On a tour of the venue you wander round the enchanting villa and its formal renaissance garden (with many features alluding to Classical Greece and Rome such as statues, a temple like gazebo and a less than reliable sun clock) pretending to be Beatrice, Benedick or Hero, before your guide leads you to the cellars and explains the intricate process of producing Vignamaggio’s variety of wines, including their Merlote, Albaluce rosé Vin Santo, aged Grappa, and of course Chianti Classico DOCG. But these aren’t the only products of Vignamaggio, as they also produce olive oil, balsamic vinegar, cereal, make jam and marmalade from their fruit bushes keep pigs and have a vegetable garden, in a mission to replicate the farm’s self-sufficient past.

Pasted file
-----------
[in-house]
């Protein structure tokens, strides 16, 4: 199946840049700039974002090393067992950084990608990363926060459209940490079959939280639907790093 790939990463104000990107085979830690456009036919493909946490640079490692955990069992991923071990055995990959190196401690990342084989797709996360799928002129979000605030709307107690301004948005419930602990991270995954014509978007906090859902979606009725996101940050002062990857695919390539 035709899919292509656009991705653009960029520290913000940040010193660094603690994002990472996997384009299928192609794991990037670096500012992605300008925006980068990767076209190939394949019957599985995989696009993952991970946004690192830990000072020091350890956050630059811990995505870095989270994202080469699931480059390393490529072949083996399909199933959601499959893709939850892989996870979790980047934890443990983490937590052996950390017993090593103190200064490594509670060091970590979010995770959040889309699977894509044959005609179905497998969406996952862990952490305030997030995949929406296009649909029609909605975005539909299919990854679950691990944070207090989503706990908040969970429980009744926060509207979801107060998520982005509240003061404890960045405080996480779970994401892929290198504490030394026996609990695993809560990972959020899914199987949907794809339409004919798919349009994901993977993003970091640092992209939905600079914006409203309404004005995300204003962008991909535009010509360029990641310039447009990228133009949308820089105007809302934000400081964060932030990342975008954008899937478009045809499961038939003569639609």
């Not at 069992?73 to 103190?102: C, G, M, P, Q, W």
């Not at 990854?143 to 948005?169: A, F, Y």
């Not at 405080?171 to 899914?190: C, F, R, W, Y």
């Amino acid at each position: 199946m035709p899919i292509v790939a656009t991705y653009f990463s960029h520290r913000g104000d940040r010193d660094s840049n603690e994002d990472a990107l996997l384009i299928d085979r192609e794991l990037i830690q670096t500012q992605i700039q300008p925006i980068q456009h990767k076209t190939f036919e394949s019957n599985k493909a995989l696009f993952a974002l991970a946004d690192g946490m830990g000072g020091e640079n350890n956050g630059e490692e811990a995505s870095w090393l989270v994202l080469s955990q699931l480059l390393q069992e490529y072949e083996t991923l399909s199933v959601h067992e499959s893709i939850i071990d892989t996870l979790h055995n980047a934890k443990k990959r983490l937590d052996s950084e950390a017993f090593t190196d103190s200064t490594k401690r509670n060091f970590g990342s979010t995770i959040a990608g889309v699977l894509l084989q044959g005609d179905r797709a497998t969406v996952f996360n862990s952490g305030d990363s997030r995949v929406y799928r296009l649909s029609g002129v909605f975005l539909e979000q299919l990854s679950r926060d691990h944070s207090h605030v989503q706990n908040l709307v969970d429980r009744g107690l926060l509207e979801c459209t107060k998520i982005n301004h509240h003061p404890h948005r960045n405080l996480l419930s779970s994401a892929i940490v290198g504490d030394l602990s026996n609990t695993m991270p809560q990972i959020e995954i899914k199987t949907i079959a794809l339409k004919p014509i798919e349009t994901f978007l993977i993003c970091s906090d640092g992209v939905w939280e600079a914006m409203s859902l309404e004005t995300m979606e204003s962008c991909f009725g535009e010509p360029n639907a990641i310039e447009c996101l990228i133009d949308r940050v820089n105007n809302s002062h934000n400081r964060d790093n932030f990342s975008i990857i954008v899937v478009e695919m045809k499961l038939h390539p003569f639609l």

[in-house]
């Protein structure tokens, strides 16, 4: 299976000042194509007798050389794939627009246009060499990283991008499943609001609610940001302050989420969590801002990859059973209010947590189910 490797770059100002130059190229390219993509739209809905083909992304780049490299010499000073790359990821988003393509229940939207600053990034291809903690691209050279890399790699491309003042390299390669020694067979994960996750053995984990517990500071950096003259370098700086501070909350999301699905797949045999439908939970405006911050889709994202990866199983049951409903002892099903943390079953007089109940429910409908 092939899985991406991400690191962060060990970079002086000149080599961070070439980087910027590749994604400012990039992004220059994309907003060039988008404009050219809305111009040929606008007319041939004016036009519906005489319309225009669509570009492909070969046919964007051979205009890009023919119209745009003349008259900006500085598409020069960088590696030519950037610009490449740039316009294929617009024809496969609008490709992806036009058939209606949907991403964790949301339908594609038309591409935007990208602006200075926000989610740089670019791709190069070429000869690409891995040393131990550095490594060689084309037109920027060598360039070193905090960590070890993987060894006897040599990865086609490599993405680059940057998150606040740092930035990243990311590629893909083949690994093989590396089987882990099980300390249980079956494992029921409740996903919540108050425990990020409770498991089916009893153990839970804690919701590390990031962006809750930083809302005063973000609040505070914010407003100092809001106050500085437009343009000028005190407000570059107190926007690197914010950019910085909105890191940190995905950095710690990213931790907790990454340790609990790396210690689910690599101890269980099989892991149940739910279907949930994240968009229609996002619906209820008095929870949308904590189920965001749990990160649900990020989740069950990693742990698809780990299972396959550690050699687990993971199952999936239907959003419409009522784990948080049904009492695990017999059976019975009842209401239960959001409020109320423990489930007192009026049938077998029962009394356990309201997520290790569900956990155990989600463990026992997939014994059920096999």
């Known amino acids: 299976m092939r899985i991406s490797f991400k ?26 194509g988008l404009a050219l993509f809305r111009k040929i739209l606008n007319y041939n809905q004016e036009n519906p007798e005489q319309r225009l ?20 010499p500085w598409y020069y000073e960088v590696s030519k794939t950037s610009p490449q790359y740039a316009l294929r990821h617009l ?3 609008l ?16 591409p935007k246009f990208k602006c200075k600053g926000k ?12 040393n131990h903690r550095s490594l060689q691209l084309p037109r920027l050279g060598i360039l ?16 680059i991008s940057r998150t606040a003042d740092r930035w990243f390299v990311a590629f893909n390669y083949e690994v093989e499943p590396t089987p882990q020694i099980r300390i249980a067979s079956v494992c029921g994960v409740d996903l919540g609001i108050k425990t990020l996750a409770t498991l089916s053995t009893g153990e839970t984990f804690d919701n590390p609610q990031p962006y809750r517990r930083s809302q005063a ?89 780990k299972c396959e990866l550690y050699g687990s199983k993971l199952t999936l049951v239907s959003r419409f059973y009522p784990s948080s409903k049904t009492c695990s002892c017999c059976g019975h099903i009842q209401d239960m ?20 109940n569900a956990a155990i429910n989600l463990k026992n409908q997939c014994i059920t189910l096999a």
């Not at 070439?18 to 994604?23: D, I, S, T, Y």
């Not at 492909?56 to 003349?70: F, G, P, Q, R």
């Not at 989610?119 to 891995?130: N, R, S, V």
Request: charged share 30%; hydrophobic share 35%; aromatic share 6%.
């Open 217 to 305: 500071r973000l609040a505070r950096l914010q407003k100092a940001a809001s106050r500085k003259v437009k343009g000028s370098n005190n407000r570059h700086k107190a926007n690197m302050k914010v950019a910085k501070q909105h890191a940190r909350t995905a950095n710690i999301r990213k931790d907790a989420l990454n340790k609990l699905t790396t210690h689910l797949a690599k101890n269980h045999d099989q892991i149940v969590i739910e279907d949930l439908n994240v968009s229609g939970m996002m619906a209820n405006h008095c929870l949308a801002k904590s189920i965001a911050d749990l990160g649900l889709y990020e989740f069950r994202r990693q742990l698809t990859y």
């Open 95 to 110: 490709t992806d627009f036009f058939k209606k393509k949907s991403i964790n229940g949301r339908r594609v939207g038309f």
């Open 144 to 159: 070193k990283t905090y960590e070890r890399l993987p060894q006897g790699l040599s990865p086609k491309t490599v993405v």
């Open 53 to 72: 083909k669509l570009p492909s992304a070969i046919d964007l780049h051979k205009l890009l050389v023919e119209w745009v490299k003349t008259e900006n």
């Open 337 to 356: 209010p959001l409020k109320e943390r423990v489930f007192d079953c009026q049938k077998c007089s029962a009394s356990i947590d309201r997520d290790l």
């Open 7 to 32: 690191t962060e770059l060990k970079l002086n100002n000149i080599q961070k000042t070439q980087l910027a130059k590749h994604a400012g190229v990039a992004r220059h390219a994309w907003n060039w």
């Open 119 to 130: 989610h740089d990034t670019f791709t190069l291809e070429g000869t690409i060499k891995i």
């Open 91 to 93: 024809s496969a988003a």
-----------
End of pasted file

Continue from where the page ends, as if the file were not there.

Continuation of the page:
All the fruits of their labour can be tasted in the restaurant, before you can retreat to your beautifully decorated, room/suite, of which they are hoping to have 12 by 2020. We particularly enjoyed staying in their nearby stone farmhouses just a few steps away from the infinity pool with a beautiful view over the Tuscan countryside.​
VIgnamaggio winery



You’ve heard of organic farming, but have you heard about biodynamic viticulture? If not, then why not head to Avignonesi to learn about this, philosophical form of farming that reflects the ideas of philosopher Rudolph Steiner and his belief that everything in nature is interconnected by a resonance or vibe.